Bucharest doesn't feel frontier.
At the Henri Coandă Airport, named after the jet plane inventor, a carpeted bridge leads to the terminal building. Thirty identical black and white Adidas bags rotate at baggage reclaim, heralding the arrival of the Greek national team for the World Cup run-offs. Outside, familiar corporate names top glass and steel towers. Wide highways lined with linden trees are packed with BMWs, Saabs and Dacias – the car produced here by Renault since communist times for export to Germany and beyond.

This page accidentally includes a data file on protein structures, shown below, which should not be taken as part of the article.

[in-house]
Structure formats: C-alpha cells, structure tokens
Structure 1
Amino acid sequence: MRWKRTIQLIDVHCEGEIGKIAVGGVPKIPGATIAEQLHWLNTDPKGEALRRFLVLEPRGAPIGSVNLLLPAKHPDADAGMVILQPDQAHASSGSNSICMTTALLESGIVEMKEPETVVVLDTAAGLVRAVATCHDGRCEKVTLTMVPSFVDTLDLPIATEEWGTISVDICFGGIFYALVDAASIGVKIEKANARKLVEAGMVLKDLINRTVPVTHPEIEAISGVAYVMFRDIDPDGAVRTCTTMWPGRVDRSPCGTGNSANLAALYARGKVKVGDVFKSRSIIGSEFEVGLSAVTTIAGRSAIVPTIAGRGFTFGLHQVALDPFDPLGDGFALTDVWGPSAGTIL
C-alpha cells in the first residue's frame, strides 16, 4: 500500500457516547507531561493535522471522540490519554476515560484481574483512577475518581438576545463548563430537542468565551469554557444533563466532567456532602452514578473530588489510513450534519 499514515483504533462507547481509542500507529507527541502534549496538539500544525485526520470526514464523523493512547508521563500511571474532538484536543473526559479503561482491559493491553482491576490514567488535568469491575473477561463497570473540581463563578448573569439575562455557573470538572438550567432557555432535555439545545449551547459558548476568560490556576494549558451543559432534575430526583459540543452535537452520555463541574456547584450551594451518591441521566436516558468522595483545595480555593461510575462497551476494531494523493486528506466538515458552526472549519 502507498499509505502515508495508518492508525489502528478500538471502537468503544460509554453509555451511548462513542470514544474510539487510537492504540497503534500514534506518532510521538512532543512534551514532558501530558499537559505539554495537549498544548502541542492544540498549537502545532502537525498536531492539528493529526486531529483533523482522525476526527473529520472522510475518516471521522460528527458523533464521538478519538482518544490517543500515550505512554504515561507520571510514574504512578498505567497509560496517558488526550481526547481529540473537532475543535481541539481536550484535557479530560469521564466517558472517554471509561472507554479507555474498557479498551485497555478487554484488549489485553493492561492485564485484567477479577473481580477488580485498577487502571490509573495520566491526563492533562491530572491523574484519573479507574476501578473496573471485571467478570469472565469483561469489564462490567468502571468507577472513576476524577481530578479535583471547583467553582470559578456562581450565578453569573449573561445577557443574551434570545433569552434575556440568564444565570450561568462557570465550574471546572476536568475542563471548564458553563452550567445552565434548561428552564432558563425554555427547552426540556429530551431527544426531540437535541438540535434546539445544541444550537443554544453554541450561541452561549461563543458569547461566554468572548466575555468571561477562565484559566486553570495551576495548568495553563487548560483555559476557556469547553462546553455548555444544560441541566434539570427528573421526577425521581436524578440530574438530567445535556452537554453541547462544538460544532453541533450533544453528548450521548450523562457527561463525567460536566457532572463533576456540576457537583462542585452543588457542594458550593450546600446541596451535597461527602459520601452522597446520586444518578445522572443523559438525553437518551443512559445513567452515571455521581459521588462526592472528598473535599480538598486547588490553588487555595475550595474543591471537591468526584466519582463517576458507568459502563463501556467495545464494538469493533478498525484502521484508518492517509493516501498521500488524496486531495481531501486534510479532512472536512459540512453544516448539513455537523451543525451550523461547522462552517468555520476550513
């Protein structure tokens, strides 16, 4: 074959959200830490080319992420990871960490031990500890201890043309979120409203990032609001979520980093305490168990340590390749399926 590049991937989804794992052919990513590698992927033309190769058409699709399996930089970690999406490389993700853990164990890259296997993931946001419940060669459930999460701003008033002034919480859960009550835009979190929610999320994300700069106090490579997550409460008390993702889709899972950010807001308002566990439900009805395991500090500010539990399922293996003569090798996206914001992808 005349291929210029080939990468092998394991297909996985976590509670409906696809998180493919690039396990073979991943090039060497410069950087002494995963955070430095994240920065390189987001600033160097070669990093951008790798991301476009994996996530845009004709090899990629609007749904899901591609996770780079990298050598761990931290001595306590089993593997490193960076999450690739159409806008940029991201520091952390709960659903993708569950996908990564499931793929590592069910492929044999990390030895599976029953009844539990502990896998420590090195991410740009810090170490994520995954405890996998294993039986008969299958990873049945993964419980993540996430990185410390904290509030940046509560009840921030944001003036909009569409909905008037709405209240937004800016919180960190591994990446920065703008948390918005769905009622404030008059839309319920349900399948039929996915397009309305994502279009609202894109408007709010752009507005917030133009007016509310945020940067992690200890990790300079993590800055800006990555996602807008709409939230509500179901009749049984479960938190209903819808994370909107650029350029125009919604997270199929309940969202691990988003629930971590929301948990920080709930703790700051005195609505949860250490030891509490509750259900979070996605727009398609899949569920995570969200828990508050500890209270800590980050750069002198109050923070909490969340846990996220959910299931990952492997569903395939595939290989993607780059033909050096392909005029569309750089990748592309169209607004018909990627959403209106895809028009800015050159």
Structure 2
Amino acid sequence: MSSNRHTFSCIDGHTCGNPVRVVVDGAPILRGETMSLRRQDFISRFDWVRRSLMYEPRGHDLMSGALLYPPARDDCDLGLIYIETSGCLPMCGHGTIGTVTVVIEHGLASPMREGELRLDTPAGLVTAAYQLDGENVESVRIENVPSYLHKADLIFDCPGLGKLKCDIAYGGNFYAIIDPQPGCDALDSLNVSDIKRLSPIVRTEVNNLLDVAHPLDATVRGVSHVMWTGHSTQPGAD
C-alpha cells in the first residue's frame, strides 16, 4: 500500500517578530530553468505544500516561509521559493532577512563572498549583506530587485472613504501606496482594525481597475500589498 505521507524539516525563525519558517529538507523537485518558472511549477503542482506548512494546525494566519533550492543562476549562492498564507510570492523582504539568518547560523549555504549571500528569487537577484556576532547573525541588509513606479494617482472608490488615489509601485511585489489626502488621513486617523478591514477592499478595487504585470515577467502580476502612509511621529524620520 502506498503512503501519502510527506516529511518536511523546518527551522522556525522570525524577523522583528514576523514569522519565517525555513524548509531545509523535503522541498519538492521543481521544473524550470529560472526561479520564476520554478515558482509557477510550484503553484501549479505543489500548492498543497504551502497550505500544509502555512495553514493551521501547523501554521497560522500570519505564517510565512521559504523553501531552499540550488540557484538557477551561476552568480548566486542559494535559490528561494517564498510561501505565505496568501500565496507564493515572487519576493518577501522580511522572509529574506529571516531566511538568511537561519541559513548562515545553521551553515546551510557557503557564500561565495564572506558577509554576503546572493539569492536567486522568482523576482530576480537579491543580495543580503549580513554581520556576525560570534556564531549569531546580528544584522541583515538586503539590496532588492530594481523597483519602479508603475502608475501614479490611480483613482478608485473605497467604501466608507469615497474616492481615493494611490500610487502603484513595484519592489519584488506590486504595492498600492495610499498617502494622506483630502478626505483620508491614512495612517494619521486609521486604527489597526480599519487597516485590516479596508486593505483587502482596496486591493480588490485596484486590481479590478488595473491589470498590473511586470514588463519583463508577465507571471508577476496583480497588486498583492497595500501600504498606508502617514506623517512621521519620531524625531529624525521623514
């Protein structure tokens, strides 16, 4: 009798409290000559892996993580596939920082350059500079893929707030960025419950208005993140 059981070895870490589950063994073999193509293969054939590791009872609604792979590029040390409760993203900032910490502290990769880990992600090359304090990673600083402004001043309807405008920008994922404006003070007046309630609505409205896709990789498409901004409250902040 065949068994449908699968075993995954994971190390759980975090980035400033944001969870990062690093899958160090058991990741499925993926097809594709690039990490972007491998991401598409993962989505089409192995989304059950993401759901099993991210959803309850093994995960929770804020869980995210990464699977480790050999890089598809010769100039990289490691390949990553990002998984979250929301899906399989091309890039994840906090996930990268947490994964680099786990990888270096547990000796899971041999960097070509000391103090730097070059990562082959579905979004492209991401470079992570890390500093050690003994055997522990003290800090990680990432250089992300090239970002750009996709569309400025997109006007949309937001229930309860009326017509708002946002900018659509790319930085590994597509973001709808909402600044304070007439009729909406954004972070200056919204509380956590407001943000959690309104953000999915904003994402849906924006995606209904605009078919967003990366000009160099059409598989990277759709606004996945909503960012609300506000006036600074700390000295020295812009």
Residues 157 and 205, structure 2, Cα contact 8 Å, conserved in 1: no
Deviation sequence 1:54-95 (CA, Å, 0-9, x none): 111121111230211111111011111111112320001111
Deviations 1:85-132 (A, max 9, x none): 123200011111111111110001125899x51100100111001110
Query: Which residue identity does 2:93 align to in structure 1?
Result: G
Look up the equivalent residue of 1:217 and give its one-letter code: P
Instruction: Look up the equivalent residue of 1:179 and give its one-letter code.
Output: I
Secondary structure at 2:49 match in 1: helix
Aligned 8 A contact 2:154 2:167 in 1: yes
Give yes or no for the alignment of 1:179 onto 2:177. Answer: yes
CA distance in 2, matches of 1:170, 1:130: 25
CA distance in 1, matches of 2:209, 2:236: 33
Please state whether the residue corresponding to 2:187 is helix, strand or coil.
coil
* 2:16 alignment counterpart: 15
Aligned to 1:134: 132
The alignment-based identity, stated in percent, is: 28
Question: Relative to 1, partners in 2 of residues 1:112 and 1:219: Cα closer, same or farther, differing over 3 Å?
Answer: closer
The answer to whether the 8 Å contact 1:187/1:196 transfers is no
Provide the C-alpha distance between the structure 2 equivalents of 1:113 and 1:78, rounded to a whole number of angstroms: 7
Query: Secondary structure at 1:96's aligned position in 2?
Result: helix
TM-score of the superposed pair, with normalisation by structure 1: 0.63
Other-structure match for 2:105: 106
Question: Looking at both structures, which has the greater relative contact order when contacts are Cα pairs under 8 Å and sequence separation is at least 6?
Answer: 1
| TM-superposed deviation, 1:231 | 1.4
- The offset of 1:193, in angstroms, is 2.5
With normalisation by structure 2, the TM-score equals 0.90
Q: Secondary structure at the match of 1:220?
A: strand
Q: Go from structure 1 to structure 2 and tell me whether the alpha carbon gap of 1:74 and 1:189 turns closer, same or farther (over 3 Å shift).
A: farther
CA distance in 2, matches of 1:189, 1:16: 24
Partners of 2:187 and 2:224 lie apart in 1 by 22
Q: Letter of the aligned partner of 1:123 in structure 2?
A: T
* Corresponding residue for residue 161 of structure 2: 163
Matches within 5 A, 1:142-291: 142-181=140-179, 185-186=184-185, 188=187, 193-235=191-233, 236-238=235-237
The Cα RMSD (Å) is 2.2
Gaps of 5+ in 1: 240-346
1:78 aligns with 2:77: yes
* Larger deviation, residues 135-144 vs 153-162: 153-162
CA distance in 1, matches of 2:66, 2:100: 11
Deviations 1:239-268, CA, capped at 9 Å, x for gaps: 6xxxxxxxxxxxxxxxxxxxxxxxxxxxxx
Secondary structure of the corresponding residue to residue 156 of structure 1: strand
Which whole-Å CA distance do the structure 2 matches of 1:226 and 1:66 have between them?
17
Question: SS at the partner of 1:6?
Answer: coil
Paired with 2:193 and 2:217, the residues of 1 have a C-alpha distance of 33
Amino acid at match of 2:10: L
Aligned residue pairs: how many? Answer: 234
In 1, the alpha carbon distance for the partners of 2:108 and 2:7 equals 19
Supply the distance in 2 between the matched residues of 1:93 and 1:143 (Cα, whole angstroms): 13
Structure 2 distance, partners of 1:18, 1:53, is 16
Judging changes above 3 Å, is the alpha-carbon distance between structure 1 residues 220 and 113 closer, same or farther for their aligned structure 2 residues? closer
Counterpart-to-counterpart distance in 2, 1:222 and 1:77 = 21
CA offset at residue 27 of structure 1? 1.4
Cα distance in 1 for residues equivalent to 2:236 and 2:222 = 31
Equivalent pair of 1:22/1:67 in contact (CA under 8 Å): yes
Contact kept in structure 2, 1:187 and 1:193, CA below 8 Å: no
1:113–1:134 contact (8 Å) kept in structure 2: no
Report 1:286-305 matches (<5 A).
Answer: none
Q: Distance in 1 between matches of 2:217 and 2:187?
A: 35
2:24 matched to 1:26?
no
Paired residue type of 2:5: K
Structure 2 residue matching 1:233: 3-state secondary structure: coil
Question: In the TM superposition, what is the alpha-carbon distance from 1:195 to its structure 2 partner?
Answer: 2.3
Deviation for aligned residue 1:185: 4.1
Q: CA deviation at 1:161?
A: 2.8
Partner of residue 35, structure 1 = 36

Most often seen as yellow taxis, the Dacias take their name from the kingdom before the Roman Empire gave the country its modern-day identity and Latin tongue. The sounds of Bucuresti are more like Roma a thousand kilometers west than the Slavic nations bordering to the north and east. Visually the city is a steal from Paris, with a slightly smaller Arc de Triomphe, a broader and longer Champs Élysées and names like Piata Charles de Gaulle binding French and Latin influences that survived communism.
This is my third trip to Romania. I first came as a child in the early 80s to a drab Black Sea resort near the port of Constanta. My memories are of a man haggling to buy an old polo shirt my Dad was wearing as we left one of the foreigner-only Comturist shops, and the suspicion that a student in swimming trunks and long gray socks ...